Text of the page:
Education Department won’t seize tax refunds for overdue student loans

Miguel Cardona, Secretary of Education, at the Queen Theater on December 23, 2020 in Wilmington, Delaware.

Joshua Roberts News Getty Images | Getty Images

The U.S. Department of Education has suspended the confiscation of tax refunds, social security and other government payments to repay outstanding student loans until November, the agency said.

About 9 million people have federal student loans in default, meaning they are at least 270 days behind with payments.

The Department of Education – as well as other federal and state agencies – can collect overdue debt through a Treasury compensation program that intercepts certain payments to collect the debt.

Borrowers received a reprieve during the Covid-19 pandemic due to a federal pause in loan repayment, interest and foreclosures.

But the policy will end after May 1 – raising concerns among consumer advocates that the government is confiscating tax refunds issued after that date, including benefits such as income, child and tax breaks targeted at low-income families.

However, the Department of Education will not restart foreclosure through the Treasury Compensation Program for six months after the end of the Covid-19 payment break, according to the Federal Student Aid website. This will be after November 1, when the pause will not be resumed.

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The department seems to have updated its policy last week, although the exact timing is unclear. An agency spokesman did not respond to a request for comment.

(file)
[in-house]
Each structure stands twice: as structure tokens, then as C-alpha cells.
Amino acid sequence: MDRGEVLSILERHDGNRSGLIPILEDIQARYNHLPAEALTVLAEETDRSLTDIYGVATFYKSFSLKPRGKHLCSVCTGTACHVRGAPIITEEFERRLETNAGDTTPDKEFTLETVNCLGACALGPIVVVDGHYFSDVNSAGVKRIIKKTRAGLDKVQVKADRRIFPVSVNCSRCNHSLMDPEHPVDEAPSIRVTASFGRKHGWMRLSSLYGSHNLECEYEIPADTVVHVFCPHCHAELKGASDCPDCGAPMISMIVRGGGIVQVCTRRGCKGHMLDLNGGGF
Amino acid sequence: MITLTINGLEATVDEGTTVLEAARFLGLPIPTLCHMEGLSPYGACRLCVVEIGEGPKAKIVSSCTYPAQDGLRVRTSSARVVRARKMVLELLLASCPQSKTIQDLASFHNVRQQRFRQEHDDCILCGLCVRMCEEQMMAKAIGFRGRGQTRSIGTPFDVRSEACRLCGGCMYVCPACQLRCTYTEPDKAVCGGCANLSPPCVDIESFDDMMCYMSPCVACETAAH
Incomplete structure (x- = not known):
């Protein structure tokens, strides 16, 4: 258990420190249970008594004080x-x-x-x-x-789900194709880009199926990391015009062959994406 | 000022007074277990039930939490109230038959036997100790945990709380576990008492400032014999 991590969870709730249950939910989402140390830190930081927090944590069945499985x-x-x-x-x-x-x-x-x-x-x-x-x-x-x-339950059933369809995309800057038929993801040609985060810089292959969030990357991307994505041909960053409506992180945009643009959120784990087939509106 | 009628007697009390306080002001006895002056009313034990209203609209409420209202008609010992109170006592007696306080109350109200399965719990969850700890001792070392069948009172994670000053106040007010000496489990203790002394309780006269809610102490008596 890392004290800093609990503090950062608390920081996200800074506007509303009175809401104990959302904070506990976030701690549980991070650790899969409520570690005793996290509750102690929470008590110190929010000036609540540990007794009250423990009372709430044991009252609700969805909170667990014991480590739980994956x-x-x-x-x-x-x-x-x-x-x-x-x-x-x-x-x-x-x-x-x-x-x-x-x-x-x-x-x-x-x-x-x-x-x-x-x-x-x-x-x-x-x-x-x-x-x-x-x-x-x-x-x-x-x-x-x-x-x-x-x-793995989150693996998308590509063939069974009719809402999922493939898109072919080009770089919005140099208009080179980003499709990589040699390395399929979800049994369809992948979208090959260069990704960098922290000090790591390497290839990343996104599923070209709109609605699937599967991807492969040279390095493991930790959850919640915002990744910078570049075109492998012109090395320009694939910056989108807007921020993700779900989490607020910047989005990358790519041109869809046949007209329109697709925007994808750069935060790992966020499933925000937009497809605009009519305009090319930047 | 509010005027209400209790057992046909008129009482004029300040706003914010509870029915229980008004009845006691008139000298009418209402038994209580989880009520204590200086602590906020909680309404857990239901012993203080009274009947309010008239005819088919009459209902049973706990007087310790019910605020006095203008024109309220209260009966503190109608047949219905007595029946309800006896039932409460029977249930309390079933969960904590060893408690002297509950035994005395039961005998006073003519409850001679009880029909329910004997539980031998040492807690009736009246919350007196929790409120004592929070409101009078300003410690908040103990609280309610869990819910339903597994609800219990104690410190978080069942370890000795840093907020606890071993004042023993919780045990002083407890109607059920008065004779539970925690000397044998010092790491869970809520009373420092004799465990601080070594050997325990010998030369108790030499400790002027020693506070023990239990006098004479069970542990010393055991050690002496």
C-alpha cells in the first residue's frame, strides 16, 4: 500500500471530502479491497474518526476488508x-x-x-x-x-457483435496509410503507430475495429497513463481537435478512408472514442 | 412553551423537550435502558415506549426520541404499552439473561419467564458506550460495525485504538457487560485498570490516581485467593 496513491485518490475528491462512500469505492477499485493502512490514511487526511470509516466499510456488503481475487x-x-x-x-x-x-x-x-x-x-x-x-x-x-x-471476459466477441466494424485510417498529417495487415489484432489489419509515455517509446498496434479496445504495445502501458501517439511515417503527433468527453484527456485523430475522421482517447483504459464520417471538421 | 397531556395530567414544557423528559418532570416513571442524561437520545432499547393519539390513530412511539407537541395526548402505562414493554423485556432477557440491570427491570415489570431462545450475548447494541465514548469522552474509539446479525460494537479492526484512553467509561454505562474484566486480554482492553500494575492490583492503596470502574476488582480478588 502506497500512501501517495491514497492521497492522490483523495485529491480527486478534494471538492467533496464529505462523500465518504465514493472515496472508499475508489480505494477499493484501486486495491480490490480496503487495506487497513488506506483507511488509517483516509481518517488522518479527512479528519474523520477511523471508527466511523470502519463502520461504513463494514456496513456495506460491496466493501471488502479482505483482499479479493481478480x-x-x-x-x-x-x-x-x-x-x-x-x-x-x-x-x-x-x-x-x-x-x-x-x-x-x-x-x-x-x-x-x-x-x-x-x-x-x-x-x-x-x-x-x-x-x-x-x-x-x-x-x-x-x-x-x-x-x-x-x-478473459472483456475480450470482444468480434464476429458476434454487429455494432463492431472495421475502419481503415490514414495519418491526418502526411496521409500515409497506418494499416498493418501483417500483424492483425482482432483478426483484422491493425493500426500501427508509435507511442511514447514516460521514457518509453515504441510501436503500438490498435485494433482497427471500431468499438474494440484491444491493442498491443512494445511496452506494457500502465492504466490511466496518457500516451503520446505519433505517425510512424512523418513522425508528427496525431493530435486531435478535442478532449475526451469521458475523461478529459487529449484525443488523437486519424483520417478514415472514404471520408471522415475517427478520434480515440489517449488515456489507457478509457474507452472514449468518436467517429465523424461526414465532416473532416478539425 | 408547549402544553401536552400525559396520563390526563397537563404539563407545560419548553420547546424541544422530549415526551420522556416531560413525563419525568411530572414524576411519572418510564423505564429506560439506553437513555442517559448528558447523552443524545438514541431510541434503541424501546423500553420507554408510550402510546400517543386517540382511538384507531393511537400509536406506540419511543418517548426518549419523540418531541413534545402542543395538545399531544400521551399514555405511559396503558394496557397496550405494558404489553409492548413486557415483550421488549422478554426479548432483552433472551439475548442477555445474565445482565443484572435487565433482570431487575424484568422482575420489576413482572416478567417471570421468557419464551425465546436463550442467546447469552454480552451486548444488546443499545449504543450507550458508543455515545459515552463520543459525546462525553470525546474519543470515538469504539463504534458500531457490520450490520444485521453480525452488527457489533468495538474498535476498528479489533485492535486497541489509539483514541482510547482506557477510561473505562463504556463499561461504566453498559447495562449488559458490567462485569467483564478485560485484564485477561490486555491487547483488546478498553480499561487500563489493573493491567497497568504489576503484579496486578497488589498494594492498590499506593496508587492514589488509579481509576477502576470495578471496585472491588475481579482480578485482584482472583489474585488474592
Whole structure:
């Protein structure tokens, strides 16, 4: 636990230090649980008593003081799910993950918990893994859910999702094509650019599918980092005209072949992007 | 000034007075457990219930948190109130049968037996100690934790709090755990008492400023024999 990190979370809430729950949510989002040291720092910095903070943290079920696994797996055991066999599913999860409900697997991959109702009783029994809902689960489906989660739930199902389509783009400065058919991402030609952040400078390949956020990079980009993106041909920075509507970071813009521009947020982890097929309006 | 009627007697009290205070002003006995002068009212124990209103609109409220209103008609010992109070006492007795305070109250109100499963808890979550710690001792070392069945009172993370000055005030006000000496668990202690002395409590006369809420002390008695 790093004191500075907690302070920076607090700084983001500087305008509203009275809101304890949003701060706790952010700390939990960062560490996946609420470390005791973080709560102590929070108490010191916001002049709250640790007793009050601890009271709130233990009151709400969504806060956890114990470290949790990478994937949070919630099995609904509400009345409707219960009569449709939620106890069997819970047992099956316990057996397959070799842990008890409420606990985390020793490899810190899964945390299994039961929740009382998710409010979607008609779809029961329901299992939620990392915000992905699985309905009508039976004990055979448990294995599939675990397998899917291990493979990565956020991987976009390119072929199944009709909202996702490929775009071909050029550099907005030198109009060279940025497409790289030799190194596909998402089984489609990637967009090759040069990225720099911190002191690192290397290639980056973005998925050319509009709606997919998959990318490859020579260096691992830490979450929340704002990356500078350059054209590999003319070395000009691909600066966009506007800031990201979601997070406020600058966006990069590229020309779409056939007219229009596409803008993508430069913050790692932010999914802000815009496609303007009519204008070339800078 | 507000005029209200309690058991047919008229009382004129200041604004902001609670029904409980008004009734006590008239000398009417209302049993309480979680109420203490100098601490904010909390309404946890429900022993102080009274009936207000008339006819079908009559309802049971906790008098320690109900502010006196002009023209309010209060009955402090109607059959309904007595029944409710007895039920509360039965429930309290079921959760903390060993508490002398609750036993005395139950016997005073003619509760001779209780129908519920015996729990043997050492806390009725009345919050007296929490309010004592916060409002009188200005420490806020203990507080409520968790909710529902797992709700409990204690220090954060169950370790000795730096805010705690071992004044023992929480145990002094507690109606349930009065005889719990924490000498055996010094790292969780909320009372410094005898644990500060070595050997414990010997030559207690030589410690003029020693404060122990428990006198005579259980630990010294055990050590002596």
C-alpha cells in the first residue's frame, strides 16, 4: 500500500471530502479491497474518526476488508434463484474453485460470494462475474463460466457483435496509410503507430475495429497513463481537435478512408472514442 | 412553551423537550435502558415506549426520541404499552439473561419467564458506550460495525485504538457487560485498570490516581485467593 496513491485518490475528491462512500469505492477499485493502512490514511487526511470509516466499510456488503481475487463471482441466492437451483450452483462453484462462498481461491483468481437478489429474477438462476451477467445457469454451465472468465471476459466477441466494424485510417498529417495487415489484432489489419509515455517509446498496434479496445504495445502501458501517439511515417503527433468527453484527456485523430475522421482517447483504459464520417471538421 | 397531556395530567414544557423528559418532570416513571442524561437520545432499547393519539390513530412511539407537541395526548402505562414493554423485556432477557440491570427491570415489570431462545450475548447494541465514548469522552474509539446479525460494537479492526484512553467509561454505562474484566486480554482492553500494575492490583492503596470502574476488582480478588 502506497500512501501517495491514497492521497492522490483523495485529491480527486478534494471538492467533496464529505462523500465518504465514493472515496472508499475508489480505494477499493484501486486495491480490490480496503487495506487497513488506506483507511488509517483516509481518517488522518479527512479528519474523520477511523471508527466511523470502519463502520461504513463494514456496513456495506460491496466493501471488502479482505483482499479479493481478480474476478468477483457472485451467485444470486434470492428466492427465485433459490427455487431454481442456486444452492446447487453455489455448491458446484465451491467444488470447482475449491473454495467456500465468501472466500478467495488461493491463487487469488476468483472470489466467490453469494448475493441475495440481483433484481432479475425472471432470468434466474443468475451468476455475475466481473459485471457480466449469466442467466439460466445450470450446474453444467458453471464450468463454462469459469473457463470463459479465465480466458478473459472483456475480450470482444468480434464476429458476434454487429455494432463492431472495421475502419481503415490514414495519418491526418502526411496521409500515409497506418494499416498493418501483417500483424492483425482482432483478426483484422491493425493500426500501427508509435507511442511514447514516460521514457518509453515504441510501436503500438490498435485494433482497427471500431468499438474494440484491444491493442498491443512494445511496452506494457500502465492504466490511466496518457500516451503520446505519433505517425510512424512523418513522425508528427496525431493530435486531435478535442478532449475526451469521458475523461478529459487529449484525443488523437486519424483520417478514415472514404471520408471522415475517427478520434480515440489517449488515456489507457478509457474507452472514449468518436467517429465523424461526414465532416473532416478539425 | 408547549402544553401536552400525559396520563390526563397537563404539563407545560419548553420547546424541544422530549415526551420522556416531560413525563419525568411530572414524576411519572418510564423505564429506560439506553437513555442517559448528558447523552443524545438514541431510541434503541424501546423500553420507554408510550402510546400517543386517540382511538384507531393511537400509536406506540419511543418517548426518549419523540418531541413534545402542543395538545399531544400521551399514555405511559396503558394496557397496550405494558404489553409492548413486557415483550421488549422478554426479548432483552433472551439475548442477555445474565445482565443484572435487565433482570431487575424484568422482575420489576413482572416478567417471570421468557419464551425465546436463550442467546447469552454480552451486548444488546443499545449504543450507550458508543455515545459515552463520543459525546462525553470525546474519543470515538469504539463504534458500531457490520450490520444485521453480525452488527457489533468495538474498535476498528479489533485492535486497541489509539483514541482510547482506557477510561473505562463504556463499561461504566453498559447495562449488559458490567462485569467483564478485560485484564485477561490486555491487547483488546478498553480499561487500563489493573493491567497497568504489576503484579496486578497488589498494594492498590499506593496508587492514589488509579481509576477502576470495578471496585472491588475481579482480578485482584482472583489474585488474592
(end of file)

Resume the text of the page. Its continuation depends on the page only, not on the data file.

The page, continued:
“This policy means that you will not lose money from some government payments, such as child tax credit, social security payments and tax refunds for the 2022 tax season,” the agency’s website said.

It is based on a narrower policy announced last week, which applied only to the payment of a tax credit to children. At the request of CNBC, Education Minister Miguel Cardona said On February 8, the agency will not withhold any tax refunds attributed to the children’s tax credit, even after May 1.

“The goal of these social security programs is to protect and prevent people in the United States from falling into poverty – not a system of reconciliation that the federal government can use for a student loan portfolio,” said Abigail Seldin, who runs the charity. focuses on access to public services.

Debt collection

In 2019, the treasury enrollment program raised nearly $ 4.9 billion to service debts held by the Department of Education, according to a fundamental analysis of publicly available data.

This will be about 78% of the total $ 6.3 billion in overdue non-tax arrears collected this fiscal year.

The government is allowed to confiscate 100% of federal tax refunds to collect non-tax debts related to alimony, unemployment insurance and state income taxes. It can also contain up to 65% of federal wages and up to 15% of social security payments, for example.

However, some payments, including payments for many programs related to the verification of tangible assets, are not eligible. The Treasury must also notify the debtor within 60 days of the intention to enroll.

Defaulted student borrowers will remain vulnerable after Nov. 1, added Seldin, who was a candidate to oversee student loans from the Biden administration.

According to the Center for American Progress, default disproportionately affects color borrowers, especially African Americans, as well as students with children, Pell grant recipients, and veterans.

According to consumer advocates, confiscating tax refunds from non-compliant borrowers would run counter to the U.S. Rescue Plan’s anti-poverty measures. The anti-pandemic law, which President Joe Biden signed in March, expanded tax breaks, such as income and child tax breaks.

According to the National Center for Consumer Law, even before the pandemic, withholding credit income from low-income families causes or exacerbates housing and financial instability and impairs workers’ ability to find and retain employment.

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